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Severe pneumonia,kidneys not functioning,cardiopulmonary arrest due to mucus plug

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General & Family Physician
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My mother was on a ventilator due to sever pneumonia. They attempted to wean her off after a few days and although her blood pressure, oxygen levels, etc. were good, they doctors said she feel asleep and they could not wean her off unless she was fully awake. They told us her kidneys were not functioning properly and were going to do a dialysis for up to 3 days. They said the dialysis would also help losen some of the volume around her lungs and she will be stronger to breath on her own. After her first day of doing dialysis, a mucus plug caused cardiopulmonary arrest and she passed. We did not know it was a mucus plug until after she passed and they removed the tubes (we were called to the hospital at 3am and just told her pressure and heart were dropping) We were in such shock when all of this happened so I was unable to ask the physicians any questions. I am curious to know: 1.) Could the mucus plug have been cleared, preventing death 2.) Shouldn't they have removed the tube once her numbers starting decreasing, being a mucus plug is a risk for ventilator patients? 3.) How long does a mucus plug take to build up...hours, days, minutes?

Any answers were be greatly appreciated.
Posted Sun, 29 Apr 2012 in Hypertension and Heart Disease
Answered by Dr. Deepak Anvekar 29 hours later
Hello Mellissa,

I am very sorry to know about the sad demise of your mother.

Here are the answers to your specific questions:

1.) Could the mucus plug have been cleared, preventing death?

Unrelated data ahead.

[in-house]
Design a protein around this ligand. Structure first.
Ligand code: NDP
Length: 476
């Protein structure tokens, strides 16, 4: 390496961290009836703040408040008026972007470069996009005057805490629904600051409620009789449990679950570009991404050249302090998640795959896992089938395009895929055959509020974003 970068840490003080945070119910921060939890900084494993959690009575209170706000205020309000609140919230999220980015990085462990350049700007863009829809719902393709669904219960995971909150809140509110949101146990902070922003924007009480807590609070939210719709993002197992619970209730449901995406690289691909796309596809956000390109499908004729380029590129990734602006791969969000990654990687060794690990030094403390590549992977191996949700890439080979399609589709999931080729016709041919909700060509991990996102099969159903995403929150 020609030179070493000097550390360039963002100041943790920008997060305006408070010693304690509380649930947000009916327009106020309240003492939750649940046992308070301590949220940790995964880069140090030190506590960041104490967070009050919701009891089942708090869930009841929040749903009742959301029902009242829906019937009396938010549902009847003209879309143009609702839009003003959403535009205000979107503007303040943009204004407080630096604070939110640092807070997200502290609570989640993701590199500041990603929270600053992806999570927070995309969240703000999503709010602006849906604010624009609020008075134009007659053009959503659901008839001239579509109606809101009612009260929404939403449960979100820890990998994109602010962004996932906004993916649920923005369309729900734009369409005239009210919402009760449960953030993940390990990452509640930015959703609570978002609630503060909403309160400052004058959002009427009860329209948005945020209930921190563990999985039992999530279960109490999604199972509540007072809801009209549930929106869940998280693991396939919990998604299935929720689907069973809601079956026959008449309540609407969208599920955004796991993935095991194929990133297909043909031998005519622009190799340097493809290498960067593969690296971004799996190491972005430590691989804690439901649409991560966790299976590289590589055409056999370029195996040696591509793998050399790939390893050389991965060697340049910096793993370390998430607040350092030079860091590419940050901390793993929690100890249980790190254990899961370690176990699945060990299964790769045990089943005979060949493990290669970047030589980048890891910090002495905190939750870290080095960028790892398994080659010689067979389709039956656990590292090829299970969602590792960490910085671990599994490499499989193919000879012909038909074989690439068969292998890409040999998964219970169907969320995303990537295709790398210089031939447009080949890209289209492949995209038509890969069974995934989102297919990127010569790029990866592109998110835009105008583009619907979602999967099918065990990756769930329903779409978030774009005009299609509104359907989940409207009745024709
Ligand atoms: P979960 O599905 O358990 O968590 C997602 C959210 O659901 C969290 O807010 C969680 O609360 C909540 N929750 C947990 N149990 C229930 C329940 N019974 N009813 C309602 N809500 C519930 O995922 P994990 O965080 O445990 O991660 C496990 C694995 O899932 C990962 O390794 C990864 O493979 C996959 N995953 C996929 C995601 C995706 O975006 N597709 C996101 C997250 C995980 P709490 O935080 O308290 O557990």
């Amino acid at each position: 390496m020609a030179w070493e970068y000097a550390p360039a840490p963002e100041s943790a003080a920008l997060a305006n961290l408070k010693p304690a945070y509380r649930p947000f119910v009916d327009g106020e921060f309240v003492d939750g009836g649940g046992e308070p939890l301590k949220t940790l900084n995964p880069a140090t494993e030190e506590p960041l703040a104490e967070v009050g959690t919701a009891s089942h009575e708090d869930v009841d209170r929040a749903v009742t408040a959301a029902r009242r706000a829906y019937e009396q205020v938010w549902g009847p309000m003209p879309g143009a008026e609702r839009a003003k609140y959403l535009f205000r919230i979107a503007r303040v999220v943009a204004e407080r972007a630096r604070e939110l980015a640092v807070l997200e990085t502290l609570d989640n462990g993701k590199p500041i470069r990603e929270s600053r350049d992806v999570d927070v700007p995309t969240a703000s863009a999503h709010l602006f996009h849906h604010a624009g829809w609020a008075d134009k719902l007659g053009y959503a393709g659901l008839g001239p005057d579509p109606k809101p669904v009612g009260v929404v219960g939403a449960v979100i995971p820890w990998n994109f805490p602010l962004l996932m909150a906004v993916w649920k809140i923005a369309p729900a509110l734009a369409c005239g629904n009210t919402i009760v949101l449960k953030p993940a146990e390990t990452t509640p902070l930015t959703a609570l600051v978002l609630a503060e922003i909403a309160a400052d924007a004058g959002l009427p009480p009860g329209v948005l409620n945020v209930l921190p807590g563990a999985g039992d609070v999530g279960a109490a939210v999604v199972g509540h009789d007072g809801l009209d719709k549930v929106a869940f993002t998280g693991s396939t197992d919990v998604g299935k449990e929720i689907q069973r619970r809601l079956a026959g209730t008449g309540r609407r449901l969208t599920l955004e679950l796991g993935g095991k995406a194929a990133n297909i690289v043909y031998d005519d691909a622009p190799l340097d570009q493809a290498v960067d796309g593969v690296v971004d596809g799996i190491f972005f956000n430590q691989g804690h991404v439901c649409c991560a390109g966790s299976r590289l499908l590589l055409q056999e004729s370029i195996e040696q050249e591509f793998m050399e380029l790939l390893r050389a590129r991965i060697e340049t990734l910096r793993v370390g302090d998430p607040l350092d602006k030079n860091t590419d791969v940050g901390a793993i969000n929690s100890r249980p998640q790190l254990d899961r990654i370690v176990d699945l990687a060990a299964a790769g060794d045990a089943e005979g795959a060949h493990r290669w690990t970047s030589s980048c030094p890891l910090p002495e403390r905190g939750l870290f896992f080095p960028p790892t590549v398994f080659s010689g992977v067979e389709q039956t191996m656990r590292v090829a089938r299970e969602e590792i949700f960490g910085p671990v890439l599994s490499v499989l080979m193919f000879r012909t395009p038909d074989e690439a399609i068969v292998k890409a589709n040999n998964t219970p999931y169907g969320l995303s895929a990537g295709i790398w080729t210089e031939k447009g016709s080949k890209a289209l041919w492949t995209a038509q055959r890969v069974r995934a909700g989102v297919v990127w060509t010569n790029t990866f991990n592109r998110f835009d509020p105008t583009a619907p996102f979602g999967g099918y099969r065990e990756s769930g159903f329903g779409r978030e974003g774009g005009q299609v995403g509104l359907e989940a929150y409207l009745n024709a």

Answer: YES, mucus plugs within the ETT (endotracheal tube) can be cleared by regular suctioning.

But Plugs in the branches of the bronchioles and XXXXXXX lung segments cannot be removed, and might need invasive procedures such as bronchoscopy, which are difficult to do in a patient already on mechanical ventilation.

Mucus plugs are the most common complication, that occur in a patient on mechanical ventilation and entotracheal tube intubation.

Mucoid impaction results from the inspissation of mucus and other secretions within the airway and can cause the partial or even complete airway obstruction. It often occurs in the bronchi and bronchiole, but may also appear in the ETT.

In a Intubated patient, Usually small plugs within the ETT, can be cleared by regular suctioning.

Several factors can increase the risk for developing thick secretions within the trachea and lower respiratory tract.
1. Dehydration by the fasting and low inspired humidity can increase the viscosity of secretions, leading to inspissation and a reduction in mucociliary flow.
2. Atropine and inhalational anesthetic drugs may cause mucus to become viscid and impair mucous transport.
3. The inflation of an ETT cuff may not only decrease mucous velocity in the trachea, but also can prevent normal effluence of secretions within the trachea and cause the aggregation of secretions in the upper trachea.

Hence once such plugs are formed, it causes respiratory tract obstruction and respiratory failure.

After the diagnosis of an mucus plug obstruction is established, it is necessary to reopen the airway. Although different methods are available to remove the obstructed materials from the ETT, such as suction, forceps extraction, balloon embolectomy, Reintubation is the most appropriate next step to establish a patent airway if direct laryngoscopy is not difficult.

2.) Shouldn't they have removed the tube once her numbers starting decreasing, being a mucus plug is a risk for ventilator patients?
ANSWER: From the available history, it seems that your mother had developed multiorgan failure, as a result of the pneumonia. The pulmonary edema, (Fluid overload in the lungs, which does not allow proper lung function to occur) which developed as a result of the kidney dysfunction, would have increased the work of breathing, if the tube had been removed before dialysis was done, and the kidney dysfunction rectified. In case the tube was removed earlier, the chances of deterioration would have been very high.